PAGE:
How does one write about a place that millions of people have already read about and fallen in love with? How do you illuminate a place that has already been brilliantly described by a beloved character, created by author Lucy Maud Montgomery?
On a sunny June day, I paused in front of Green Gables, realizing that no words would suffice. Anne herself once stated, "Oh isn't it just wonderful?" It was more than wonderful. Standing before the old two-story white farmhouse with its dark green trim and shutters, I stepped into one of my favorite childhood stories.
The "White Way of Delight" was absent, and I wondered to myself if it was fiction all along or is now the parking lot. Purple lilacs grew wildly along the white picket fence, permeating the air. A cherry tree arose in the yard, surrounded by vivid green grass that spread and sloped down into the hollow. Visitors wandered about, and to my surprise considering the excitement of such a place, politely waited for others to snap their picture in front of the Cuthbert home. Except for the singing birds, it was silent, as everyone absorbed the peaceful surroundings that had once inspired Montgomery to write her popular series. Six paned windows faced me, and the door was open, inviting me to enter.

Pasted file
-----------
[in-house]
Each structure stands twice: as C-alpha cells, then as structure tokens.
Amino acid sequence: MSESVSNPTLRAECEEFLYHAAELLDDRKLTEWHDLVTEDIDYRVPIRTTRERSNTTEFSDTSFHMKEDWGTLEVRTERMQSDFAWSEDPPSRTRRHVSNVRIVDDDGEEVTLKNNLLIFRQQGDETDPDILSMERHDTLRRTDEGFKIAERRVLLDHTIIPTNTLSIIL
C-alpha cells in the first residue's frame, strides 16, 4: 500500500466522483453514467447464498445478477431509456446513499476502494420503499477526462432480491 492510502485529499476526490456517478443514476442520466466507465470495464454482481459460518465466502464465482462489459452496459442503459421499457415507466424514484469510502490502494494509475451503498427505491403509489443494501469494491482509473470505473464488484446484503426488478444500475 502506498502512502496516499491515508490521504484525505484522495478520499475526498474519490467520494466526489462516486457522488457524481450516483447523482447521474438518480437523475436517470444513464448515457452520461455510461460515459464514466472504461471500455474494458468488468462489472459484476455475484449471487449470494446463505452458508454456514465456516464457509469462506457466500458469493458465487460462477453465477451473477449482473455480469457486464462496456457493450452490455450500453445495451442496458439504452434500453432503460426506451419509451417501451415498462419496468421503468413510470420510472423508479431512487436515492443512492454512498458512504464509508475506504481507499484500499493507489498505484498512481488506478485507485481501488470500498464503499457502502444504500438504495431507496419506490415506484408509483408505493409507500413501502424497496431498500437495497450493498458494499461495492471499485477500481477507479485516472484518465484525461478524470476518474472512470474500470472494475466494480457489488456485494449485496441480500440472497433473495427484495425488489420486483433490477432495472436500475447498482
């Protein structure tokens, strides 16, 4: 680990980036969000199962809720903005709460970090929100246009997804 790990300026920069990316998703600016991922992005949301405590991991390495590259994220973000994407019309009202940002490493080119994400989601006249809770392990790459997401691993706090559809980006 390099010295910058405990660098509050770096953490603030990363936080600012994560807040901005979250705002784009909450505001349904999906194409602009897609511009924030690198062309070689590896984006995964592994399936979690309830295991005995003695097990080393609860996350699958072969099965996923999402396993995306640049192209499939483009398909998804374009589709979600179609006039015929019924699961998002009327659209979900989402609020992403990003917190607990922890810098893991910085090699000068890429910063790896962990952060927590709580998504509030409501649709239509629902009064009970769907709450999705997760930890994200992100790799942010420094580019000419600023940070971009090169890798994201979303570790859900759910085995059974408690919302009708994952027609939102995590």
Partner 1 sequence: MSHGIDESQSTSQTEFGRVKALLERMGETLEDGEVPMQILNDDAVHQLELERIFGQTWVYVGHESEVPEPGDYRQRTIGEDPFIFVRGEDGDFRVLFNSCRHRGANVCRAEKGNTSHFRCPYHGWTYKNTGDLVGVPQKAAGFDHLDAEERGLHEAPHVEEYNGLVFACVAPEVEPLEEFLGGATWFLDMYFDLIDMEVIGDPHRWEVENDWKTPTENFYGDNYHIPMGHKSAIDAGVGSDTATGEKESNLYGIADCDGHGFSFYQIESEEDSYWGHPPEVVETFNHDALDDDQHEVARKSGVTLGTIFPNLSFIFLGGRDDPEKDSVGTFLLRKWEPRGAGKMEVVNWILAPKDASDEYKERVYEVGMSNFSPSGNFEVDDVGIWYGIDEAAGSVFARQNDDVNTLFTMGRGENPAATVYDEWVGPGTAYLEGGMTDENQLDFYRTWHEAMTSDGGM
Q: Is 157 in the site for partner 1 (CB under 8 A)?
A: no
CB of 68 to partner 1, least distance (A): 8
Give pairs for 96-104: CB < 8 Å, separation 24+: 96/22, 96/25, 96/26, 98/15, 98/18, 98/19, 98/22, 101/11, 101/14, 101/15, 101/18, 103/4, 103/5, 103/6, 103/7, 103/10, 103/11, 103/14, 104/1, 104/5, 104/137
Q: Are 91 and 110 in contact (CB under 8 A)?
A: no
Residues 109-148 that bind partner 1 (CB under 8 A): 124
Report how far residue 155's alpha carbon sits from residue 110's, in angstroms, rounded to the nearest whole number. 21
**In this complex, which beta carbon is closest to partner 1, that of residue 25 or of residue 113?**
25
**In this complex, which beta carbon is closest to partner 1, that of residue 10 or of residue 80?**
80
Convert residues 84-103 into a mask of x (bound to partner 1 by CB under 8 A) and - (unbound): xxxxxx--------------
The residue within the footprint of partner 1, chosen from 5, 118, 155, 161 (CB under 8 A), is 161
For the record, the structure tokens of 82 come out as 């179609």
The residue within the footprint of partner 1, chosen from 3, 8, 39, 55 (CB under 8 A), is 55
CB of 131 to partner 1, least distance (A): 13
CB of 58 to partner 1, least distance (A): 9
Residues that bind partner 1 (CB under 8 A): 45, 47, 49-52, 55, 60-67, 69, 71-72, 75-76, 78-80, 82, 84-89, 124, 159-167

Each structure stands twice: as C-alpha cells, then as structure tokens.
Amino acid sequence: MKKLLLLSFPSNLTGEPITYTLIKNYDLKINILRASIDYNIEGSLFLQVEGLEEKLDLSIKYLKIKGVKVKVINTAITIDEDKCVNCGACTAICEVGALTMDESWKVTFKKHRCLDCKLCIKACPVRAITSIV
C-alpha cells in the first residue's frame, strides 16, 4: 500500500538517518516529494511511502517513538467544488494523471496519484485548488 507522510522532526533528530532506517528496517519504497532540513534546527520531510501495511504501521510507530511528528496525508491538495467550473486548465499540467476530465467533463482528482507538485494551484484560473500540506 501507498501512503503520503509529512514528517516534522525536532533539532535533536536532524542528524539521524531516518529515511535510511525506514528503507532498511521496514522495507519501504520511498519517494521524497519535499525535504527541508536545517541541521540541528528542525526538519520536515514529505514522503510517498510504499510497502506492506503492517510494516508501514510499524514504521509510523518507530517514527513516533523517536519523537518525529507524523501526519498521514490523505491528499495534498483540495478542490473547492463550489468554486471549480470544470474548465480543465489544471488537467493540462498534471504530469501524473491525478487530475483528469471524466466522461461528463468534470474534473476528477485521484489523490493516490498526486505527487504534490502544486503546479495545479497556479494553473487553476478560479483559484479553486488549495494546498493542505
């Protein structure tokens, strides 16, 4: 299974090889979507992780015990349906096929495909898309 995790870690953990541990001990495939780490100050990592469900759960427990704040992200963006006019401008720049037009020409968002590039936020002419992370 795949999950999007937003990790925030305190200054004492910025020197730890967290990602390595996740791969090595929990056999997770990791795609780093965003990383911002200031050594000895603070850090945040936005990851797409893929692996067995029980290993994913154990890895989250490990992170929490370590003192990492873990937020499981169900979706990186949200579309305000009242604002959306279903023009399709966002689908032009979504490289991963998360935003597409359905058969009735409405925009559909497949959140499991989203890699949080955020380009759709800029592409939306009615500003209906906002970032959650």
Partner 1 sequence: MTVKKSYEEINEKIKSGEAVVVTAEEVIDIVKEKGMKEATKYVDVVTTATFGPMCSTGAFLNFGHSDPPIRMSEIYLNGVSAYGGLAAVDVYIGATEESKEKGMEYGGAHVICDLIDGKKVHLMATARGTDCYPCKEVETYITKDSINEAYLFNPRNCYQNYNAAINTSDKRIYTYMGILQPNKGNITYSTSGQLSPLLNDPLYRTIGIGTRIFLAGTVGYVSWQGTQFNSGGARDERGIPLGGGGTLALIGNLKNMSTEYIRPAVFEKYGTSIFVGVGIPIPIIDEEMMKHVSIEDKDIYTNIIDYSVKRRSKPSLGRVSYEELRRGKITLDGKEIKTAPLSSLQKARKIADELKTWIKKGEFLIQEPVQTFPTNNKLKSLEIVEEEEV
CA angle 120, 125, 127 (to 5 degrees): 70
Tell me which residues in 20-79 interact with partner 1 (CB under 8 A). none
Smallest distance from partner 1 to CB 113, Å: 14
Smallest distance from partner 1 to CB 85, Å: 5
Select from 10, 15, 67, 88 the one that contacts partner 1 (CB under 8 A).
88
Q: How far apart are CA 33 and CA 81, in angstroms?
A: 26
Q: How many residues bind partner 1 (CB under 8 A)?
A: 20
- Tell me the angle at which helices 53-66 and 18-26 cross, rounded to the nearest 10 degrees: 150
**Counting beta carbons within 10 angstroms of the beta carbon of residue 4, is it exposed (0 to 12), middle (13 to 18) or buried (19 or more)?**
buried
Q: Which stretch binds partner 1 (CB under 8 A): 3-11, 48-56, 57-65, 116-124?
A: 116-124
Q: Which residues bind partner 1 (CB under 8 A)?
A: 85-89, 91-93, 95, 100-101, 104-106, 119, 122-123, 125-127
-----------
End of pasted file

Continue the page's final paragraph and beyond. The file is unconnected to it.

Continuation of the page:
Stepping through the front door was surreal, like a step back in time. I recalled that this had once been the home of a real family, Montgomery's cousins. To most of the world, it would always be Anne's home. It was dark and old, but more spacious than I'd expected. Rooms were staged with appropriate furniture and decor. Visitors, including myself, passed through quickly, winding through the roped off path. Most paused the longest at Anne's room, where her prized brown puffed sleeves dress from Matthew hung from her closet door. My heart tugged a bit, as the child in me hoped to see Anne skip around the corner and ask me to be her bosom friend.
Eventually I was guided out of the house to Lover's Lane. An approximately five foot wide dirt path led me through a forest filled with spruce and maple trees, ferns, moss, and blue violets. Sunlight dappled through the trees, birds chirped, and a small brook babbled. A quote by Montgomery was posted at the end of the path, "I had always a deep love of nature. A little fern growing in the woods, a shallow sheet of June-bells under the firs, moonlight falling on the ivory column of a tall birch... all gave me... feelings which I had then no vocabulary to express." Relating to her love of nature, I hoped that one day I too would find the vocabulary to describe such a beautiful place.